It was wonderful that they were there when Ebola struck. It's wonderful that they are playing an important part in peacekeeping in Africa at a time when most of the developed countries have stopped sending troops to Africa. I think this is very positive and I applaud this evolution of China's international cooperation.

MAKING A CASE: Former UN Secretary General Kofi Annan addresses an audience during his book launch in Beijing on April 22 (WANG XIANG)

The Sixth Forum on China-Africa Cooperation (FOCAC) Ministerial Conference, to be held in South Africa later this year, marks a new era of dynamic developments across Africa. As it's the first FOCAC meeting since President Xi Jinping assumed office in 2013, what are the expectations surrounding this meeting? What do you expect will be the major outcomes?

I would expect very serious discussions on economic development and on major projects where they would need China's assistance. I think I have mentioned two of them--energy and infrastructure. Energy is extremely important for economic development. But it is also extremely important for the environment. This is the year when we are going to have a major environmental conference in Paris. Without access to modern electricity, people are cutting down trees and wood for firewood to cook, and that has an impact on the environment. If we help them get access to electricity, we will be protecting the environment as well, apart from the economic development that would entail.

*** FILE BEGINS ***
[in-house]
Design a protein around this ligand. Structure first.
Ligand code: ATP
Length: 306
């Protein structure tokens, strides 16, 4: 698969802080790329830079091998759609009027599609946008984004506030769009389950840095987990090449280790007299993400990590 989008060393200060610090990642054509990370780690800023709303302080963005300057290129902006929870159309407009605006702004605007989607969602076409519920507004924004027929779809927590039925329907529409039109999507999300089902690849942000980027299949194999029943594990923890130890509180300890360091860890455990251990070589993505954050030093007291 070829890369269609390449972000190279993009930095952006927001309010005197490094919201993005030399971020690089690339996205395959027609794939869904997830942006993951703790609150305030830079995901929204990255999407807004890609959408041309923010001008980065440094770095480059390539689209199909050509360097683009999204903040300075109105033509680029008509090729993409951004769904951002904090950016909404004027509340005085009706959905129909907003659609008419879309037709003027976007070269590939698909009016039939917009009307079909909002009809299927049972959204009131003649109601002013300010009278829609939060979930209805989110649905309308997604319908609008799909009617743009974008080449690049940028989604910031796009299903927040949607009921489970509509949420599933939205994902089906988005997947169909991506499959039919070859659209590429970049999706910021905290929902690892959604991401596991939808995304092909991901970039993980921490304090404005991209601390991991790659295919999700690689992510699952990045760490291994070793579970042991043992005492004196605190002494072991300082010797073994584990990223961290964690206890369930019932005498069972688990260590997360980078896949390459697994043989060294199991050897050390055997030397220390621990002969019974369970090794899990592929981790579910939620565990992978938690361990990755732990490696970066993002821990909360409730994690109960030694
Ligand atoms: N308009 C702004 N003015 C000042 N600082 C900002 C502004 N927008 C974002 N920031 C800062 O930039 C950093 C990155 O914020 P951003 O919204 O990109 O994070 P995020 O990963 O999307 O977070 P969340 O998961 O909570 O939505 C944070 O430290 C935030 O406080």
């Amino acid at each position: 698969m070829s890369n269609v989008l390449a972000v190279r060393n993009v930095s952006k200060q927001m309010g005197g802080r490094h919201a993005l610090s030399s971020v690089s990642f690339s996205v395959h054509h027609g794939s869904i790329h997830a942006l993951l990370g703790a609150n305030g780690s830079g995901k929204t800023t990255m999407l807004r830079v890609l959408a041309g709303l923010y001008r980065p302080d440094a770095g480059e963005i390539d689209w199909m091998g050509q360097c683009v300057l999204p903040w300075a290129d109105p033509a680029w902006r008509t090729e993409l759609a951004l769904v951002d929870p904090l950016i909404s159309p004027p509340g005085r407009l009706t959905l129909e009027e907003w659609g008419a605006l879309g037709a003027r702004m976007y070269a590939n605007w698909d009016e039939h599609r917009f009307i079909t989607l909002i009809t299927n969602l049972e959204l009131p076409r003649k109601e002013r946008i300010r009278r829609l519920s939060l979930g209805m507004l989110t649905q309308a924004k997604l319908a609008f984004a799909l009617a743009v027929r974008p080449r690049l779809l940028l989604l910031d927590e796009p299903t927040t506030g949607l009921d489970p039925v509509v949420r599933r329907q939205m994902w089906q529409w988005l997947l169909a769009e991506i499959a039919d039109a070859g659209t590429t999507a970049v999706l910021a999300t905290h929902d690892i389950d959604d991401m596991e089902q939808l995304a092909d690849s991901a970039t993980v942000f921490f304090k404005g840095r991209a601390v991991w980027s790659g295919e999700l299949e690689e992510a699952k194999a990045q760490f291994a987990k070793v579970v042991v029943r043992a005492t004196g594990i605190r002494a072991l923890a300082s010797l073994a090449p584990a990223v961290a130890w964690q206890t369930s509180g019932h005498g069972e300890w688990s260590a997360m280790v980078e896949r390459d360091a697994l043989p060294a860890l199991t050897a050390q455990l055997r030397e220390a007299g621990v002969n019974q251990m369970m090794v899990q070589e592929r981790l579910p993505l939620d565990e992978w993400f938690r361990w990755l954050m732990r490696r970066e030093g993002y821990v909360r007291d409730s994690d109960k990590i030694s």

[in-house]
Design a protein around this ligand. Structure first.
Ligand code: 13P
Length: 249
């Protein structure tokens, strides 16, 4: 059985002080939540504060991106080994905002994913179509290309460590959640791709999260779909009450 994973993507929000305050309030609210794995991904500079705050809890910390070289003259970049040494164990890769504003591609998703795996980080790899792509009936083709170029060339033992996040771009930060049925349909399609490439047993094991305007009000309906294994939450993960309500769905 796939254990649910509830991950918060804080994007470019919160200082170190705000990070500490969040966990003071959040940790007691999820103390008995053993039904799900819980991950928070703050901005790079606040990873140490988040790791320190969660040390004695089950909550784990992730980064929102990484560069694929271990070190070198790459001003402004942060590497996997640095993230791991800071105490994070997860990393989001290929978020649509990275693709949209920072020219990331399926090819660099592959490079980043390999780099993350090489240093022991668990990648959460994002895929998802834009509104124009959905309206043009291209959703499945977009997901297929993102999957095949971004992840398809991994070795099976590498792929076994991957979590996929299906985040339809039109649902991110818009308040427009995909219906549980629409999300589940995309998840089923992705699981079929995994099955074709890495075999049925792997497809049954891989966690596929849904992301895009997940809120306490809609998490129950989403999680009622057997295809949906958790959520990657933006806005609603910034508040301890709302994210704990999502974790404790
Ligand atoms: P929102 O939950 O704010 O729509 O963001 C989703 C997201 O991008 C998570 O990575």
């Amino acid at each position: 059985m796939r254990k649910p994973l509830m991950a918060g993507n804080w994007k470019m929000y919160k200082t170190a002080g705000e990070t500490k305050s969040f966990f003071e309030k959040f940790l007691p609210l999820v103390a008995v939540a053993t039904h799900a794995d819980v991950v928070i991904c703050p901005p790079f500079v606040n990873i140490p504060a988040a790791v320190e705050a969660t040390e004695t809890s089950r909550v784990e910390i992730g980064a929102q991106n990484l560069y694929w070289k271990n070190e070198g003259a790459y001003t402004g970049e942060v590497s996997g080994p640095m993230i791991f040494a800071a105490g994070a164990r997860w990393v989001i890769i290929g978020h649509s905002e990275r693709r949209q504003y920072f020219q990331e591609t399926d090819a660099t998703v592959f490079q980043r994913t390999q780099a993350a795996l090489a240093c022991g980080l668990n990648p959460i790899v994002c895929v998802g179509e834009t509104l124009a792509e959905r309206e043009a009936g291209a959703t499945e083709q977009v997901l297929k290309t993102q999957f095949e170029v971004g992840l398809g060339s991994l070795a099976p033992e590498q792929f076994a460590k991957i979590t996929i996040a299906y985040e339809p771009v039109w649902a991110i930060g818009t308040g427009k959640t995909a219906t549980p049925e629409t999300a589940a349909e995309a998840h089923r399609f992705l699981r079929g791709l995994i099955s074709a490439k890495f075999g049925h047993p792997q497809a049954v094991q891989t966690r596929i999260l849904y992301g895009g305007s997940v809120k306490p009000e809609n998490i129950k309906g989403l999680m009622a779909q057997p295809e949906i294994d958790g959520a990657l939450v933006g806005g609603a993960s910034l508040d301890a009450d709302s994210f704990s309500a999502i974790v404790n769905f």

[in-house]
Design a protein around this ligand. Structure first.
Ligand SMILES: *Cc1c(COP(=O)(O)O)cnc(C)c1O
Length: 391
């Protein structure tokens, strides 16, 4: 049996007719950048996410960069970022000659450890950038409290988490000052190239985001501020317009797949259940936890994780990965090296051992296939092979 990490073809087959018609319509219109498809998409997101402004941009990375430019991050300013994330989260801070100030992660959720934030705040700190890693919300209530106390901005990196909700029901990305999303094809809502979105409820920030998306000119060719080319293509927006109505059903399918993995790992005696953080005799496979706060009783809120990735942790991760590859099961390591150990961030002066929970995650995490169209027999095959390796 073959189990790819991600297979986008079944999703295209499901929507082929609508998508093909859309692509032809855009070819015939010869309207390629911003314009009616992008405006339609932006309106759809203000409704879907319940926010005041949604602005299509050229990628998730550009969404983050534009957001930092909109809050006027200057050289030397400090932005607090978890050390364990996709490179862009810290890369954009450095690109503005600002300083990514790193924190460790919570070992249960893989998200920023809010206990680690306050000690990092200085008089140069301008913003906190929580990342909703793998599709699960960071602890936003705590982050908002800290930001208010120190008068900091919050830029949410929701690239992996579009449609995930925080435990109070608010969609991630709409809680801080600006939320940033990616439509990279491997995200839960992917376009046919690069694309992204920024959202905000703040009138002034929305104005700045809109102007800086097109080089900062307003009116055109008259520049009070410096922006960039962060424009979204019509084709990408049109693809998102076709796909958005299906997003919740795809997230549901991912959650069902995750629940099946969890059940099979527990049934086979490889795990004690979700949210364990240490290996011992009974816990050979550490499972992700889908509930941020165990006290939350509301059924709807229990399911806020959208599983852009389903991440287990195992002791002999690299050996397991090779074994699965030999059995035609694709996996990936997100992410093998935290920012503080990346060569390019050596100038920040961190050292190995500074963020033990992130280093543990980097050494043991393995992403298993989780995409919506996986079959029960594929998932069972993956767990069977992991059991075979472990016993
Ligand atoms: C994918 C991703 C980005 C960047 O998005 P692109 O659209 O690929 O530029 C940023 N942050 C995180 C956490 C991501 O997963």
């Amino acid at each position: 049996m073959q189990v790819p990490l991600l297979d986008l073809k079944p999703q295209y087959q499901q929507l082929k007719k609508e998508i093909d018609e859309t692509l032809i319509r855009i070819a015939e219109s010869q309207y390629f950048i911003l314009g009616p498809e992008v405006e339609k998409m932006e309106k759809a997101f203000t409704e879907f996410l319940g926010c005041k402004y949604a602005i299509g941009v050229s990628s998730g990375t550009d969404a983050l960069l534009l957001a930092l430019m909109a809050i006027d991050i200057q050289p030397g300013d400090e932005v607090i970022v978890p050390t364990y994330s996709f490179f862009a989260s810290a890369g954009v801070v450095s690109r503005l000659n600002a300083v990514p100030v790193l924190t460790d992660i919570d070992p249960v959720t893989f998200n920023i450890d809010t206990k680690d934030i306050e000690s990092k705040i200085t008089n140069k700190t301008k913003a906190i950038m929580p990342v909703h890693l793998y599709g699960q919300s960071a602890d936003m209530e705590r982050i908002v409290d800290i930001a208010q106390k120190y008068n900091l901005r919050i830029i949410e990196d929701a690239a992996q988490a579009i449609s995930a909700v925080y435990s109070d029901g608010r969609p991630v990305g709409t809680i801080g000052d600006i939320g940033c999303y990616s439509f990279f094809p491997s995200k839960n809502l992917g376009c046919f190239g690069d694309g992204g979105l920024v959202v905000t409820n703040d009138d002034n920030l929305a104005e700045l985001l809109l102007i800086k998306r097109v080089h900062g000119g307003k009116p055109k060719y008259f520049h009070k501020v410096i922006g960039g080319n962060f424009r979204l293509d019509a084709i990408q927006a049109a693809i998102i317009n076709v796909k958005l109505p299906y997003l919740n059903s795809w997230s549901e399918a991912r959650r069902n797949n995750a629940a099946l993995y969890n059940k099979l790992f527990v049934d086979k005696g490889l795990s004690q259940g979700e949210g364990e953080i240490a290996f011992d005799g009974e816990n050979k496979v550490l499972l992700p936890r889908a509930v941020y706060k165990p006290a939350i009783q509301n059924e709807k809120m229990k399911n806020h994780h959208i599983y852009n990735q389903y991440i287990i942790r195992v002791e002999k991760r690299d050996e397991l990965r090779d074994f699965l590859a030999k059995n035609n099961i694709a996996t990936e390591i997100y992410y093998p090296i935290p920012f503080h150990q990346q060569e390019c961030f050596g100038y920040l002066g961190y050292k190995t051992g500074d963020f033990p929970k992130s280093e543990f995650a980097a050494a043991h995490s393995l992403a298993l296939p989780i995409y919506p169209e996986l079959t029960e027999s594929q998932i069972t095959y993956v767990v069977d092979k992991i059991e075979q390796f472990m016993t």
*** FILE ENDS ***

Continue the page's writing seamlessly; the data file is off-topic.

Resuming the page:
About infrastructure, if the African governments can work with the Chinese Government and all international players to improve infrastructure and increase intra-African trade, in 10 years or less, studies have shown that trade between them could be increased by $300 billion. So these are areas that could be extremely important.

Another area I think would be important, that I would expect the African leaders to raise, is the question of agriculture, where some of China's experiences would be relevant to what we are trying to do in Africa. I would expect Africa over time to be a major source of agricultural products and not only feed itself, but also be part of the global food and nutrition security system, which it can export to the rest of the world.

The three areas I have mentioned, energy, infrastructure and agriculture, I hope would be very much on the agenda, and [I hope] there will be some concrete proposals made at the meeting in South Africa.